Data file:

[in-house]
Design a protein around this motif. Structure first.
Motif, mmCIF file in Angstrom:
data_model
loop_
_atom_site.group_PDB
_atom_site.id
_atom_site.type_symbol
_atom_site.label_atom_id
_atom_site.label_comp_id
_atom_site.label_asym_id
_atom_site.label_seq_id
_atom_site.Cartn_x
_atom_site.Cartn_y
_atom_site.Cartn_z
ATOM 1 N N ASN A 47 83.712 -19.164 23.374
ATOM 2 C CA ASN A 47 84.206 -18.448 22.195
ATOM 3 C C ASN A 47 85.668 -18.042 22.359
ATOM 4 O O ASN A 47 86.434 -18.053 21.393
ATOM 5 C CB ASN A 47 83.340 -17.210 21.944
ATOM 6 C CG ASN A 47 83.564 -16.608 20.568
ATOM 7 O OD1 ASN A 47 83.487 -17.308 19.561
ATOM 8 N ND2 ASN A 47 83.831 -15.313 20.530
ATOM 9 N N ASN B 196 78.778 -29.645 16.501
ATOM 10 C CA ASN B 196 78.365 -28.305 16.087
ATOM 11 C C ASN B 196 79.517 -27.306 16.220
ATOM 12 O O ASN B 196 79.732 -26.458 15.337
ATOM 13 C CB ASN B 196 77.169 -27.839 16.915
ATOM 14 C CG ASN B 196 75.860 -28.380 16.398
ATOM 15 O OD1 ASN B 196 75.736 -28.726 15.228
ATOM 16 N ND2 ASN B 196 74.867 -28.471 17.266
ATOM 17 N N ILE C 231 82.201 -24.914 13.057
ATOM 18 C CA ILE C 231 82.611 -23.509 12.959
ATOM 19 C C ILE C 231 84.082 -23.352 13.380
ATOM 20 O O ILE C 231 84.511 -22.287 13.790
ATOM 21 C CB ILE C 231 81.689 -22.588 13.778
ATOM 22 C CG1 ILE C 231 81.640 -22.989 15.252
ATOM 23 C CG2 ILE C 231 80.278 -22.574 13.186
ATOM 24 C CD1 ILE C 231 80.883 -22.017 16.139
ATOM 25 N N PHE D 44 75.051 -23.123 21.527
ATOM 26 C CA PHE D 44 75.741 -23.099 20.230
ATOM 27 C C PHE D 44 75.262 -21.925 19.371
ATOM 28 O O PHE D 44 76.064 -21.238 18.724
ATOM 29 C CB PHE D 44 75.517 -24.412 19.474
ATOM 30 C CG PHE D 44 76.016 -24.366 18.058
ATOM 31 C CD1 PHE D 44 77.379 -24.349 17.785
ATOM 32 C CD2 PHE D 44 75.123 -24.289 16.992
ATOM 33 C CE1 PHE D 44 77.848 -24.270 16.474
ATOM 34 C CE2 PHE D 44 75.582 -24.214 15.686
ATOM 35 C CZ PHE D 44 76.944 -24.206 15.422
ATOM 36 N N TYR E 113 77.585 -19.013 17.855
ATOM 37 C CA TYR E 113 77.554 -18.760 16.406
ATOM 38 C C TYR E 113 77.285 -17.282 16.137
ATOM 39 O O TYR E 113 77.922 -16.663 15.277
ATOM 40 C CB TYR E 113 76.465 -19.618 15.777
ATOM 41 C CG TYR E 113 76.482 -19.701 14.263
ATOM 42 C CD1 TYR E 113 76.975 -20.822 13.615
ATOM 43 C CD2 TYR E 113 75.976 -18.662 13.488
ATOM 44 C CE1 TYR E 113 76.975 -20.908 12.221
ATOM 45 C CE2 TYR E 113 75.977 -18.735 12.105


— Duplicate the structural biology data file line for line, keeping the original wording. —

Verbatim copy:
[in-house]
Design a protein around this motif. Structure first.
Motif, mmCIF file in Angstrom:
data_model
loop_
_atom_site.group_PDB
_atom_site.id
_atom_site.type_symbol
_atom_site.label_atom_id
_atom_site.label_comp_id
_atom_site.label_asym_id
_atom_site.label_seq_id
_atom_site.Cartn_x
_atom_site.Cartn_y
_atom_site.Cartn_z
ATOM 1 N N ASN A 47 83.712 -19.164 23.374
ATOM 2 C CA ASN A 47 84.206 -18.448 22.195
ATOM 3 C C ASN A 47 85.668 -18.042 22.359
ATOM 4 O O ASN A 47 86.434 -18.053 21.393
ATOM 5 C CB ASN A 47 83.340 -17.210 21.944
ATOM 6 C CG ASN A 47 83.564 -16.608 20.568
ATOM 7 O OD1 ASN A 47 83.487 -17.308 19.561
ATOM 8 N ND2 ASN A 47 83.831 -15.313 20.530
ATOM 9 N N ASN B 196 78.778 -29.645 16.501
ATOM 10 C CA ASN B 196 78.365 -28.305 16.087
ATOM 11 C C ASN B 196 79.517 -27.306 16.220
ATOM 12 O O ASN B 196 79.732 -26.458 15.337
ATOM 13 C CB ASN B 196 77.169 -27.839 16.915
ATOM 14 C CG ASN B 196 75.860 -28.380 16.398
ATOM 15 O OD1 ASN B 196 75.736 -28.726 15.228
ATOM 16 N ND2 ASN B 196 74.867 -28.471 17.266
ATOM 17 N N ILE C 231 82.201 -24.914 13.057
ATOM 18 C CA ILE C 231 82.611 -23.509 12.959
ATOM 19 C C ILE C 231 84.082 -23.352 13.380
ATOM 20 O O ILE C 231 84.511 -22.287 13.790
ATOM 21 C CB ILE C 231 81.689 -22.588 13.778
ATOM 22 C CG1 ILE C 231 81.640 -22.989 15.252
ATOM 23 C CG2 ILE C 231 80.278 -22.574 13.186
ATOM 24 C CD1 ILE C 231 80.883 -22.017 16.139
ATOM 25 N N PHE D 44 75.051 -23.123 21.527
ATOM 26 C CA PHE D 44 75.741 -23.099 20.230
ATOM 27 C C PHE D 44 75.262 -21.925 19.371
ATOM 28 O O PHE D 44 76.064 -21.238 18.724
ATOM 29 C CB PHE D 44 75.517 -24.412 19.474
ATOM 30 C CG PHE D 44 76.016 -24.366 18.058
ATOM 31 C CD1 PHE D 44 77.379 -24.349 17.785
ATOM 32 C CD2 PHE D 44 75.123 -24.289 16.992
ATOM 33 C CE1 PHE D 44 77.848 -24.270 16.474
ATOM 34 C CE2 PHE D 44 75.582 -24.214 15.686
ATOM 35 C CZ PHE D 44 76.944 -24.206 15.422
ATOM 36 N N TYR E 113 77.585 -19.013 17.855
ATOM 37 C CA TYR E 113 77.554 -18.760 16.406
ATOM 38 C C TYR E 113 77.285 -17.282 16.137
ATOM 39 O O TYR E 113 77.922 -16.663 15.277
ATOM 40 C CB TYR E 113 76.465 -19.618 15.777
ATOM 41 C CG TYR E 113 76.482 -19.701 14.263
ATOM 42 C CD1 TYR E 113 76.975 -20.822 13.615
ATOM 43 C CD2 TYR E 113 75.976 -18.662 13.488
ATOM 44 C CE1 TYR E 113 76.975 -20.908 12.221
ATOM 45 C CE2 TYR E 113 75.977 -18.735 12.105